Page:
There is a culture of hatred in our midst, targeting our LGBT community. It is not some remnant of a generation soon to pass, nor merely a product of the fringe. To some degree, it is born in the halls of our own offices of government offices, and lauded by some of our own so-called leaders.
Westboro Baptist Church "leaders" have announced that they are coming to our City Beautiful, Orlando, to "protest" at the funerals of our friends and neighbors whom we lost in the terror attack/hate crime on our LGBT community at Pulse. But even their demented cries of "God hates f****" won't be as loud as the deafening silence against such hatred exhibited by so many elected officials, and even worse, that barely-audible sound of pen on paper signing hatred into law.
Florida Governor Rick Scott, Attorney General Pam Bondi and Senator Marco Rubio have spoken out against mass murder perpetrated on the LGBT community this weekend, though often conveniently excluding the LGBT detail. But they have launched legal attacks themselves against this community for years now. They have not apologized, and they have not committed to do better. They have cried crocodile tears for the cameras. That's all.
A few months ago, Rick Scott removed protection from discrimination for LGBT foster youth in Florida. Pam Bondi wasted $500,000 of our tax dollars fighting tooth and nail to stop marriage equality from coming to Florida -- all the way to the Supreme Court. Marco Rubio dismissed same-sex couples who wanted to start a family as a "social experiment," and fought against their right to foster children in our state.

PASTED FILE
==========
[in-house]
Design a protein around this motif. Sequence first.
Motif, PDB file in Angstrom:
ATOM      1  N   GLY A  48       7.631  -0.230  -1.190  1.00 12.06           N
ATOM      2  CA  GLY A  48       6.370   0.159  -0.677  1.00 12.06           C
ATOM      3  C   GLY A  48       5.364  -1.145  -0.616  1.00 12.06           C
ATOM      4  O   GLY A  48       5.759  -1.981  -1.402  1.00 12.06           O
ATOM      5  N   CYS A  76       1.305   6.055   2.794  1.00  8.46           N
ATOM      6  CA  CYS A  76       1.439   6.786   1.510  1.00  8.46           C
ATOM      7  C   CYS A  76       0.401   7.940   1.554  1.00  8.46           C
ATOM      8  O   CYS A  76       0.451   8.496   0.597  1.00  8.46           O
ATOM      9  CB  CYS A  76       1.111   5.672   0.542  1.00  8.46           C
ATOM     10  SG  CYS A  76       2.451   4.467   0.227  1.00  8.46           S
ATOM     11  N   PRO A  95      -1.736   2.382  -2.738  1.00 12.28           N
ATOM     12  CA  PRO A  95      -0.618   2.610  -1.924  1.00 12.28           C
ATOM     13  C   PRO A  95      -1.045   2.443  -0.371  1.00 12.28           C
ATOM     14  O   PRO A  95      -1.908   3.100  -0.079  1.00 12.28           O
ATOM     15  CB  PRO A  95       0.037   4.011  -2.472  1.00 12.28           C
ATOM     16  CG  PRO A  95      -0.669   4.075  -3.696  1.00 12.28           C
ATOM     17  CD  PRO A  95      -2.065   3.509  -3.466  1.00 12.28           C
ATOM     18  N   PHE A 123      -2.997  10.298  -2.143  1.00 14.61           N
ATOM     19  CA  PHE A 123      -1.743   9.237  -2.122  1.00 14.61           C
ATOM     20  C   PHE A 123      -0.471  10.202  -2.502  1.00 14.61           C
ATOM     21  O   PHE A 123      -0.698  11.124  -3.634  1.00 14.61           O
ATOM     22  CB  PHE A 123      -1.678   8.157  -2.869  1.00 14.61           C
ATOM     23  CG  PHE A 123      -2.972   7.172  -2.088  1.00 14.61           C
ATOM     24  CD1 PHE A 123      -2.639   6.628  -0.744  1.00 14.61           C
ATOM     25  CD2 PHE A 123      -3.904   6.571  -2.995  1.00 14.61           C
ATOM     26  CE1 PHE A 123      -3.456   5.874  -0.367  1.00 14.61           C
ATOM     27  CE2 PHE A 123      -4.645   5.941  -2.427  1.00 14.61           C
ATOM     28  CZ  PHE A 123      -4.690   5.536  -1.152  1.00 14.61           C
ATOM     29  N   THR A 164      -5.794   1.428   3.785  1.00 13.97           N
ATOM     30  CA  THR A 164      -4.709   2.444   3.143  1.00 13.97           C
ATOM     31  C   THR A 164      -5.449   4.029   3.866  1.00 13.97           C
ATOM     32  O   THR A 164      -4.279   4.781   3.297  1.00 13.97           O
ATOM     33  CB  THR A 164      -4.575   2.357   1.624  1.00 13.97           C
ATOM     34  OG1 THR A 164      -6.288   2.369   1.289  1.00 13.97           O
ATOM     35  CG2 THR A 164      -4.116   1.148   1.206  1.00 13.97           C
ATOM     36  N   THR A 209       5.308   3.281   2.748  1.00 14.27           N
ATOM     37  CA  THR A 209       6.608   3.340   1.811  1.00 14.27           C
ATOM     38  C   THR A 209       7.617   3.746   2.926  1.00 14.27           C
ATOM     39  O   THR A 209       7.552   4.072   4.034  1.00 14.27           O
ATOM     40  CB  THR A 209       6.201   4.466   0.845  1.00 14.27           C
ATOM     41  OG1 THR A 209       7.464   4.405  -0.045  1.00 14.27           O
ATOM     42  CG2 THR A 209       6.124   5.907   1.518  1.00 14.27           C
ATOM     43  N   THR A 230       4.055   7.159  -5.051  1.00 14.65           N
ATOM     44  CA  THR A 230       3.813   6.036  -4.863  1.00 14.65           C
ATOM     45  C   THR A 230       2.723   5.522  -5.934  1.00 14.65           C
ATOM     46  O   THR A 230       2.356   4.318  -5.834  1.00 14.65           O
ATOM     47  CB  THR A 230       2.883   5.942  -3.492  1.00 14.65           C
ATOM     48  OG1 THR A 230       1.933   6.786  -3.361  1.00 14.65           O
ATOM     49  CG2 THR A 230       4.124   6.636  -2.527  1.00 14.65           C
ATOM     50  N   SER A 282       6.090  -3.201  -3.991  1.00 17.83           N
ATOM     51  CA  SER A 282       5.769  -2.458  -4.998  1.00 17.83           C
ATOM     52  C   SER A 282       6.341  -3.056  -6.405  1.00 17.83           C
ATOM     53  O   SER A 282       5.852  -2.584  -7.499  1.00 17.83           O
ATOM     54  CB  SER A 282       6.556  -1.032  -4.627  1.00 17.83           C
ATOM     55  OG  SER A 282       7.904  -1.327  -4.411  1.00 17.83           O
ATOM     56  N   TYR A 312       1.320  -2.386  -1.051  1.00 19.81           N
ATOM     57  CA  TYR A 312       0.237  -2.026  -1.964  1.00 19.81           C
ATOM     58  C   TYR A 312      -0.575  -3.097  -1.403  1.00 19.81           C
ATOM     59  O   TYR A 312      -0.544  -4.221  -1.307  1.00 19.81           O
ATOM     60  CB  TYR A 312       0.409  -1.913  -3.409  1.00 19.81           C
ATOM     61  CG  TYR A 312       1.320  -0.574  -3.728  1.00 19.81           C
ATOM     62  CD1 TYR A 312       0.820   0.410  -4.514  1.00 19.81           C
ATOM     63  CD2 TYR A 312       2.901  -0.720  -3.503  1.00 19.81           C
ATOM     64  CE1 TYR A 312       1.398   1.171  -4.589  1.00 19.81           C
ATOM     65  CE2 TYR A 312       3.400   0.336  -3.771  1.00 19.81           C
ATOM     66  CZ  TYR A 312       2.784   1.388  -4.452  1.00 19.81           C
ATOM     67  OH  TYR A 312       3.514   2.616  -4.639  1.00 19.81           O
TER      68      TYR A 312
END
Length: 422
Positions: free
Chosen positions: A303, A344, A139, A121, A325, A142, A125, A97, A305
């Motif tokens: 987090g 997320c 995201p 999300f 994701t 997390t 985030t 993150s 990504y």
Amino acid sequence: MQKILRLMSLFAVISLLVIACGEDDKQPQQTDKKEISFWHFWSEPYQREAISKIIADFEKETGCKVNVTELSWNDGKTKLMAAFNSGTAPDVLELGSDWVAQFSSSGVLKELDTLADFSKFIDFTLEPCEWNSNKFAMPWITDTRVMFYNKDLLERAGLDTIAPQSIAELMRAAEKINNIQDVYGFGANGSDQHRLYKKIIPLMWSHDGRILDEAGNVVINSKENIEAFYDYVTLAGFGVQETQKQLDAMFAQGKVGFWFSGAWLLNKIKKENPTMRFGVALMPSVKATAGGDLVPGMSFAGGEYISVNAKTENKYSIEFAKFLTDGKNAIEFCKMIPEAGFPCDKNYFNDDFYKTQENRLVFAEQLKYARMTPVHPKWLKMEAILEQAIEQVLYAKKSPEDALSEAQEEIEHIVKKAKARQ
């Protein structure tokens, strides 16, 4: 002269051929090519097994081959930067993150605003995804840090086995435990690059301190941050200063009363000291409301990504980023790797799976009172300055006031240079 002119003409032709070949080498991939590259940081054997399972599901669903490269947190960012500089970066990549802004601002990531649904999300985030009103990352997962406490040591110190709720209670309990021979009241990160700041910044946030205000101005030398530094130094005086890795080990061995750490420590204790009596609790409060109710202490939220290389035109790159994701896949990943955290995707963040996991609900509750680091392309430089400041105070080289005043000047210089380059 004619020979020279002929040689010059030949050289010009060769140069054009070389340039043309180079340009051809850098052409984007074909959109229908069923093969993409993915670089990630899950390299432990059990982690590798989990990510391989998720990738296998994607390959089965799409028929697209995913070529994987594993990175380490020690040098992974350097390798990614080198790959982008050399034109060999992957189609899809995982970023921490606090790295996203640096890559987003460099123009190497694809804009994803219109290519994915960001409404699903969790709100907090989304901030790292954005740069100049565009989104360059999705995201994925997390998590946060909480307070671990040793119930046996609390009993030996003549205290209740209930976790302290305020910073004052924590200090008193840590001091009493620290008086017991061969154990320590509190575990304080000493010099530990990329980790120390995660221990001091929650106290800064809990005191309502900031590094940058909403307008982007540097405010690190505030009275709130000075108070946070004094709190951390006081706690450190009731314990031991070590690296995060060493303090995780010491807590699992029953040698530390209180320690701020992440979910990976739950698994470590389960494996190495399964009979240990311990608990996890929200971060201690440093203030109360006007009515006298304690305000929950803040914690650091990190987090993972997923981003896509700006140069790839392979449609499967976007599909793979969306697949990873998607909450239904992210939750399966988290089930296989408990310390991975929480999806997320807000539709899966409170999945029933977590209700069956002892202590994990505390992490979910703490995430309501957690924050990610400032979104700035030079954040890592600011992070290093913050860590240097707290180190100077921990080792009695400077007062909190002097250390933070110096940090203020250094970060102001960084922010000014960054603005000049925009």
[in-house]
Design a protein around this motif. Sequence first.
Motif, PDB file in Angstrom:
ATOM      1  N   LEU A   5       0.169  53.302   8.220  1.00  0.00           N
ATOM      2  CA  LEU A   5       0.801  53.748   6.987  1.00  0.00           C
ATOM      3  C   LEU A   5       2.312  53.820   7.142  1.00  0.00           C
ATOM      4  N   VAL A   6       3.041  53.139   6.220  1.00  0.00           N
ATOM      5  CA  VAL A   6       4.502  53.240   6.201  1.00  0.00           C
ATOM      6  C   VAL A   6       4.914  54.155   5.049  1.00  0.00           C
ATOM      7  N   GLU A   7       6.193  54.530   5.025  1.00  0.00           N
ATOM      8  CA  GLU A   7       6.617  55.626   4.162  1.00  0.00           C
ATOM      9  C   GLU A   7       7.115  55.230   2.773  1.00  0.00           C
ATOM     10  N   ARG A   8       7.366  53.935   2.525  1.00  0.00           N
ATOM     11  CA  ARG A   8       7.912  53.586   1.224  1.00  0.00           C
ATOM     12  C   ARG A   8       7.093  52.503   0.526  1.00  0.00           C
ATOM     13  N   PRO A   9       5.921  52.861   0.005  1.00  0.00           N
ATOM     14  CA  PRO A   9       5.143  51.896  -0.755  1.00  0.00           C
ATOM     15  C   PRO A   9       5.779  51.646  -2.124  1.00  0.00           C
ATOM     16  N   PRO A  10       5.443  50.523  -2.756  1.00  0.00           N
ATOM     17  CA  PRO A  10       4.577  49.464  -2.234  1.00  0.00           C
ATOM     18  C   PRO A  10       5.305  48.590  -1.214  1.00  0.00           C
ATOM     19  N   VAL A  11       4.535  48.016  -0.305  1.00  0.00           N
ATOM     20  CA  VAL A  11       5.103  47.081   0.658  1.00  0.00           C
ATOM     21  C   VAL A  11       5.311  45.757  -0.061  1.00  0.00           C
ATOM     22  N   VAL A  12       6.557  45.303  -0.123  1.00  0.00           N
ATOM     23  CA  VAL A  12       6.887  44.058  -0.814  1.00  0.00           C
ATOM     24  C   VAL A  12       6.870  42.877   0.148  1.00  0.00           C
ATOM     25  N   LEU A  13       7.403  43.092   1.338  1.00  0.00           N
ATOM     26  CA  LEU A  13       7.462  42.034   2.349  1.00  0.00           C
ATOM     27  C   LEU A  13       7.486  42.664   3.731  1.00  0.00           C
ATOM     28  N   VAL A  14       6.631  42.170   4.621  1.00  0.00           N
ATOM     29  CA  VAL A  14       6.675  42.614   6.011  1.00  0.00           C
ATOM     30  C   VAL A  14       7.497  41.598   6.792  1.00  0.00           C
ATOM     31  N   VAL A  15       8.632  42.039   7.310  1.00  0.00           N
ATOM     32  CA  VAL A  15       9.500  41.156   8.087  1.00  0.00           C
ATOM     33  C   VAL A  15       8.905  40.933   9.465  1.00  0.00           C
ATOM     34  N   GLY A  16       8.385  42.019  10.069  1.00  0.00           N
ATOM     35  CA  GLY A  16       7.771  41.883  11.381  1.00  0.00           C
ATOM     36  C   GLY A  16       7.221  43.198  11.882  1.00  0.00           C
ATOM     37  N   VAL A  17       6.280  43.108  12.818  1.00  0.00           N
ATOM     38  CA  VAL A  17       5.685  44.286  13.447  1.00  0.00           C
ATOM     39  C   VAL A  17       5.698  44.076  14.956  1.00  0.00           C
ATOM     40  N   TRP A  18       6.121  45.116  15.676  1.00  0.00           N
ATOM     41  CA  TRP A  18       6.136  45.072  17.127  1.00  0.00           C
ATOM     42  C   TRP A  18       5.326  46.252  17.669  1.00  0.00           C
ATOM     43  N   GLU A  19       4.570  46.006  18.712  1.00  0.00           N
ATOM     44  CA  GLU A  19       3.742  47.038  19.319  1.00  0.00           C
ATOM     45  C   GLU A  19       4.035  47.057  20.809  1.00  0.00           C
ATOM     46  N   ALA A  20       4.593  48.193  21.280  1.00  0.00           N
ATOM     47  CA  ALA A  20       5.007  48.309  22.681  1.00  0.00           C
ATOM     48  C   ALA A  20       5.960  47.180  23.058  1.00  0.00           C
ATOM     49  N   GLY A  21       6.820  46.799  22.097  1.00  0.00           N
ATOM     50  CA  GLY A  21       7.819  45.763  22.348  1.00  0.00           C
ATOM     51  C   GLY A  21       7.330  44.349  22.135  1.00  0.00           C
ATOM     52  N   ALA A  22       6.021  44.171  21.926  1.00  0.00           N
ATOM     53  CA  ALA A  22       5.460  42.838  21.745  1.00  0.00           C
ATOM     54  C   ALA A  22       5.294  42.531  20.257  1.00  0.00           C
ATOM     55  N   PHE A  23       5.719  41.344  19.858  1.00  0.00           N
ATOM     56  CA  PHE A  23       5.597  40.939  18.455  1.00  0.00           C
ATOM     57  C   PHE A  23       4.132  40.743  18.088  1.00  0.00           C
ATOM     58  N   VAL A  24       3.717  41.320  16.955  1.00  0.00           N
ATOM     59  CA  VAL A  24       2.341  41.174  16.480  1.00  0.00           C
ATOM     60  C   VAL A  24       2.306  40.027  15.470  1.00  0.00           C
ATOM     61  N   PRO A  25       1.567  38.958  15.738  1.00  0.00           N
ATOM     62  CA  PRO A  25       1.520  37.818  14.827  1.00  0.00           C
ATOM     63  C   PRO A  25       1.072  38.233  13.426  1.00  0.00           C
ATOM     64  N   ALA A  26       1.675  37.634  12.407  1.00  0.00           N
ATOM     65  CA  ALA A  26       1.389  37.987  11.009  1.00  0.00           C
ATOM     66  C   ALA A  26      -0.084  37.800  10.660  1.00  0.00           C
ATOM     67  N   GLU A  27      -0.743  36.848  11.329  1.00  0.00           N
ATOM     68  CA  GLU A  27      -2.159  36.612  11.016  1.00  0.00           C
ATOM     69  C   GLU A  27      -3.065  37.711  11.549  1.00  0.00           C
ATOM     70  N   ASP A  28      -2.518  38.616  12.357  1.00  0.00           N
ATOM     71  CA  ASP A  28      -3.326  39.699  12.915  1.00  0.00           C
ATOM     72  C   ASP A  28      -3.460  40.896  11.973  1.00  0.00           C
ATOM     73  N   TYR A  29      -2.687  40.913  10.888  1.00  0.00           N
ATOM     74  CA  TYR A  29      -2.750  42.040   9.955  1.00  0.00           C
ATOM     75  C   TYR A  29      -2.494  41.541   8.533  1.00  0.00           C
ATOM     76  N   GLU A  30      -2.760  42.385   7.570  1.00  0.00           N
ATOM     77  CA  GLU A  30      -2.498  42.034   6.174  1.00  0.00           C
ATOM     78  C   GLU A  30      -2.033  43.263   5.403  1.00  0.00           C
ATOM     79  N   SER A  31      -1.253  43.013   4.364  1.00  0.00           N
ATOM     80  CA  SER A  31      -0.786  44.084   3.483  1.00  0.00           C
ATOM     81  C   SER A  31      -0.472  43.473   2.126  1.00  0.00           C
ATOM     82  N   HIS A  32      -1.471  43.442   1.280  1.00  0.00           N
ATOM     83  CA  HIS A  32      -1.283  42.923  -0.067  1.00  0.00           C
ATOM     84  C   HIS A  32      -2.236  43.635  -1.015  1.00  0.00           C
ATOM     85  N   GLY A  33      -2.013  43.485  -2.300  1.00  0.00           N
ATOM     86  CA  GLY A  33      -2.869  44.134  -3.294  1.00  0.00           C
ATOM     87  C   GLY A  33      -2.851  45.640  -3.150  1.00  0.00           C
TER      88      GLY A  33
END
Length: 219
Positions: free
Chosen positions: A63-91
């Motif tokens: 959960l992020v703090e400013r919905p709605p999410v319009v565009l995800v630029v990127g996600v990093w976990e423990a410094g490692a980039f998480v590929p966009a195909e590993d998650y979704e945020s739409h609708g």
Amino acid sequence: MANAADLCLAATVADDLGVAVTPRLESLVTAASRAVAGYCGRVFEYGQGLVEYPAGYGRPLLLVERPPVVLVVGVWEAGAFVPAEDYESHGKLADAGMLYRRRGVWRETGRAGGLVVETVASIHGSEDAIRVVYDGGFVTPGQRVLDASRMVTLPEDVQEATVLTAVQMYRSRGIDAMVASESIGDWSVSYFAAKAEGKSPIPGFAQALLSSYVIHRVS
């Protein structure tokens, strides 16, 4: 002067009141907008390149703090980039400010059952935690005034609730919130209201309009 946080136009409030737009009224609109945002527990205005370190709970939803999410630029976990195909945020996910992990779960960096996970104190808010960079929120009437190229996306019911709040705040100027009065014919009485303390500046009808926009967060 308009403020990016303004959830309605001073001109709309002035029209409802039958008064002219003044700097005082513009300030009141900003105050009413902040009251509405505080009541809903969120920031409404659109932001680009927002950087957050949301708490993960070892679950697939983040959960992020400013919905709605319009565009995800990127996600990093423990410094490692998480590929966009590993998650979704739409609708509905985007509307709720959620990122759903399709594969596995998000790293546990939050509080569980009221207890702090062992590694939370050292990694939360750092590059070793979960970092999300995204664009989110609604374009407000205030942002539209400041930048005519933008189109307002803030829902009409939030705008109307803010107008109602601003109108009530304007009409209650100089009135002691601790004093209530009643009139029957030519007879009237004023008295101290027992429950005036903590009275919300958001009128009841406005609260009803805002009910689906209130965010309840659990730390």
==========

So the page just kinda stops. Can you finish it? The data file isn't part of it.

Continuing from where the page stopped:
They have attempted to normalize, and even mandate, discrimination against the LGBT community. Now they ask how a gay nightclub could be under attack, how such a horrific hate crime could happen in our home state. They should be asking who created this culture of hatred, now that more than 100 innocent people, their friends, their families, and our entire community, must pay the hefty price.
I am heartbroken. But I am also furious -- not only about what has happened on Sunday morning, but about what has happened continuously to an innocent, victimized group of decent people throughout the years. I am frustrated at a society that makes members of my own staff nervous to hold their same-sex partners' hands in public, for fear they could be shamed, hurt, or even killed. (None of them will ever be able to forget that the killer's father suggested that the killer's action was triggered by seeing two men showing affection in a public place.) I am frustrated at right-wing media who ask questions like "was it a terrorist attack OR a hate crime?" or "why hasn't the President launched [yet another] attack against ISIS?" rather than reporting on the hatred and discrimination against gays and lesbians that still thrives.
Young or old, male or female, black or white, English-speaking or Spanish-speaking, gay or straight, WE ARE ALL HUMAN BEINGS. Whatever your religion, whatever your age, we have to put hatred and discrimination in the rear-view mirror. It has no more place in the 21st century than slavery, or cannibalism. It's the year 2016. Enough, already.
Today, I ask everyone to acknowledge that this wasn't just an attack on my home, on our beautiful city of Orlando. This was an attack on our LGBT community. Forty-nine people were murdered for no reason other than their sexual orientation. The fundamental benefit of every civilized society is a sense of personal safety. Our LGBT friends deserve that as much as anyone else. We must organize against hatred and defeat it -- and anyone who would perpetuate it.
Rep. Alan Grayson (D-Orlando)